Conman Splashed OAPs Inheritance On Luxury London Trips

Story ByKoen BerghuisSub EditorJoseph GolderAgencyCEN

This is is the greedy conman who splashed a deceased woman’s cash on champagne-fuelled private jet trips to London instead of keeping his promise to set up an educational foundation.

The 52-year-old man, who was only identified in reports as Eric L., was sentenced to four years in prison on charges of professional fraud and breach of trust by a court in Braunschweig in the German state of Lower Saxony.

Eric L., who was a close friend of millionaire Hroswitha B. for many years, convinced her on her death bed at the age of 72 to grant him full power of attorney over her heritage.

Pictures Credit: CEN

Hroswitha B., who earned her fortune in the real estate business, wanted an educational fund to be set up with her money, although Eric L. started using the money for his own purposes from day one.

He rented a private jet to fly six friends and his girlfriend Roxana D. to London for 27,000 EUR (23,298 GBP) among other lavish outgoings.

The court heard he spent 25,000 EUR (21,572 GBP) on his stay at the five-star Milestone Hotel in Kensington.

He also frequently went on shopping trips to Hamburg and Berlin where he dined in the finest restaurants drinking top shelve wines and champagne.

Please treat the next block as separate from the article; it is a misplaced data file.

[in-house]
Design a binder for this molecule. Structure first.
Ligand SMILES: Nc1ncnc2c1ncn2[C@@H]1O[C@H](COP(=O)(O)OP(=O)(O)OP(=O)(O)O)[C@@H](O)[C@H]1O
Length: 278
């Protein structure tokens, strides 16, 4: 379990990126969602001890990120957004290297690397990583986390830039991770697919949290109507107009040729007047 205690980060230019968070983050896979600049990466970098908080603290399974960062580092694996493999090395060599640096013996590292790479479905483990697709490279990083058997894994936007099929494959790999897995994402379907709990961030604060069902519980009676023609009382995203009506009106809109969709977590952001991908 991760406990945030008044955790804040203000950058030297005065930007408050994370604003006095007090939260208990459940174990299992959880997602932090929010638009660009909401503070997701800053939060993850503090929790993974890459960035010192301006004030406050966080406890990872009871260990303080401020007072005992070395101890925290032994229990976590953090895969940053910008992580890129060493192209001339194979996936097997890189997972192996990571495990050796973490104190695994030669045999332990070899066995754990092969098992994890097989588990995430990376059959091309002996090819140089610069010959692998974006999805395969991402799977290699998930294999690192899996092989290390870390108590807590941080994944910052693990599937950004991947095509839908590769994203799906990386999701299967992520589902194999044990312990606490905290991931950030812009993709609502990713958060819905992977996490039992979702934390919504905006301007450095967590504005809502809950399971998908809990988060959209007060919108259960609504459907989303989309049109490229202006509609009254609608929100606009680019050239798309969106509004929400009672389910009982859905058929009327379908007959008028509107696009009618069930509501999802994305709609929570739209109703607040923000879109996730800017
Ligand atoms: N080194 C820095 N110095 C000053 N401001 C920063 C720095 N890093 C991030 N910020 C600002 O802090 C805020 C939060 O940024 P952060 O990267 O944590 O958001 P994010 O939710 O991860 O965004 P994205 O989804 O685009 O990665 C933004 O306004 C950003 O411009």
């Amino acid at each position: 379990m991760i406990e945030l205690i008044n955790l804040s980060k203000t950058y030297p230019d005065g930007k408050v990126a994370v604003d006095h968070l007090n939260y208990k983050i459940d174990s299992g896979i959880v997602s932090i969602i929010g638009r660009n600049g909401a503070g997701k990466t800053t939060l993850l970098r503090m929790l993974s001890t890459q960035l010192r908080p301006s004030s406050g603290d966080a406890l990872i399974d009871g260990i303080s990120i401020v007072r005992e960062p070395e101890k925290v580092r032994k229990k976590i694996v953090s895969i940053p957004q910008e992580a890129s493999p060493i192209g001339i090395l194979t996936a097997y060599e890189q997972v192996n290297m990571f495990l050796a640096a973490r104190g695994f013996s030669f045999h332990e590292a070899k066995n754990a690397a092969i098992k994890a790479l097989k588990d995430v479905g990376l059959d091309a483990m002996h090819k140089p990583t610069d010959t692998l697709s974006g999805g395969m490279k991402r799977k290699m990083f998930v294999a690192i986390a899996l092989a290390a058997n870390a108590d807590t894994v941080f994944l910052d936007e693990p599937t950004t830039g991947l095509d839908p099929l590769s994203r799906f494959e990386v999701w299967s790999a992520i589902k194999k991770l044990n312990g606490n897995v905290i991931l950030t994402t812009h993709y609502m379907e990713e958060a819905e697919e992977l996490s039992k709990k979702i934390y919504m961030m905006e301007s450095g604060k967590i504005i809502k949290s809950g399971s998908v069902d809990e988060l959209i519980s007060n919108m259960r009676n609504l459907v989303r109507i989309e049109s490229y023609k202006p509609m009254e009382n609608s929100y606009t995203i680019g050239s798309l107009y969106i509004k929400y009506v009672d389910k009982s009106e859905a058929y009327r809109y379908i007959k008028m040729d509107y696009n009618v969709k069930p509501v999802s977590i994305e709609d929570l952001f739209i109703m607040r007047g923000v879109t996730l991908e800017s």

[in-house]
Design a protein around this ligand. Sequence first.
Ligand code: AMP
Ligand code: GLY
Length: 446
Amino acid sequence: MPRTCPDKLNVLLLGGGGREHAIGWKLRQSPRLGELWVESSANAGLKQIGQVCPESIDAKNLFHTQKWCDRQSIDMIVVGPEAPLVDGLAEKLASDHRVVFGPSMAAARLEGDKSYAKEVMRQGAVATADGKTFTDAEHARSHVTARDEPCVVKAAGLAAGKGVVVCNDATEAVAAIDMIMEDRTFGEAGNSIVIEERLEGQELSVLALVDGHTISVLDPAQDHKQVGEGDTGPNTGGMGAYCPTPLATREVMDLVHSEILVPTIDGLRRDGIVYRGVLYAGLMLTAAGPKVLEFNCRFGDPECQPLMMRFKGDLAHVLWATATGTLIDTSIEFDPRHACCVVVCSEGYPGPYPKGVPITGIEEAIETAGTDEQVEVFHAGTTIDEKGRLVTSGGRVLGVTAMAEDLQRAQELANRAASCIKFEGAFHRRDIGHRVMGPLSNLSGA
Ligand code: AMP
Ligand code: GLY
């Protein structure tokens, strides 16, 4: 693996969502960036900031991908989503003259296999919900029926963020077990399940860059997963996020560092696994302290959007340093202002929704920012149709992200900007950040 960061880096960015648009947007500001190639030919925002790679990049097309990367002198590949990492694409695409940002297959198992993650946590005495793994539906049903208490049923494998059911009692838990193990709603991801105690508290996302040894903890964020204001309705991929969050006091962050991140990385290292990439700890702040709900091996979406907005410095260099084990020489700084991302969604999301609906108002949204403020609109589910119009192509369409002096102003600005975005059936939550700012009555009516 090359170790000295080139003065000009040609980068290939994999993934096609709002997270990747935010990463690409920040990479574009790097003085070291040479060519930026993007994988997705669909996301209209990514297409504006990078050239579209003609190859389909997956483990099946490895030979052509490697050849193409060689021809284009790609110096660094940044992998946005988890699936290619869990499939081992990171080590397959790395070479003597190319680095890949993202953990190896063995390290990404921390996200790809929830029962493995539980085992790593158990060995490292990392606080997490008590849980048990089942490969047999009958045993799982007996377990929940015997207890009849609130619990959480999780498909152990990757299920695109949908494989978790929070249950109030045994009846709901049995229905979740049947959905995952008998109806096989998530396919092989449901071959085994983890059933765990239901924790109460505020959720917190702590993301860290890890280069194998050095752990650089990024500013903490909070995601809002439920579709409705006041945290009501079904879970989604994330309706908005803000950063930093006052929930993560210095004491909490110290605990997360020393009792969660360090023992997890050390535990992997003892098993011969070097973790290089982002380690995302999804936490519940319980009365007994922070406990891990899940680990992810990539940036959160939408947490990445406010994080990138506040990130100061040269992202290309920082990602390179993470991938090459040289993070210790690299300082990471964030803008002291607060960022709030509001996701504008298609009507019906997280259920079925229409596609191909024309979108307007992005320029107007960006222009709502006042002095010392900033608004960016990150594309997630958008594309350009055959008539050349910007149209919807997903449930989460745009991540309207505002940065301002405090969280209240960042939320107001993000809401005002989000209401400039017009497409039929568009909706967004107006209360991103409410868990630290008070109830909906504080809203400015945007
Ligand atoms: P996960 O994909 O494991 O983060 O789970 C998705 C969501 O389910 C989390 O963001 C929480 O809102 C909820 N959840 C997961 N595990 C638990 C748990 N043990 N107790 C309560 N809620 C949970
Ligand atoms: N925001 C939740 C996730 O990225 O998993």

In court, Eric L. said that spending the money was a sort of therapy to help him get over Hroswitha’s death.

He said: “I wanted to console myself for her death.”

According to the prosecutor’s office, Eric L. acted out of pure greed as within eight months after Hroswitha’s death he already had spent 100,000 EUR (86,288 GBP) on a lavish lifestyle.

The prosecutor put Eric L. in his place and said: “And that is why you bought a washing machine for 640 EUR (552 GBP) one day after her death.”

The court ruled that Hroswitha was at her full wits when she made Eric L. the executor of her inheritance at her deathbed, but that he breached her trust and defrauded the money for private purposes.

According to the judge, Eric L.’s confession was a mitigating factor, while his previous criminal record of eight convictions and three years spent in jail worked against him.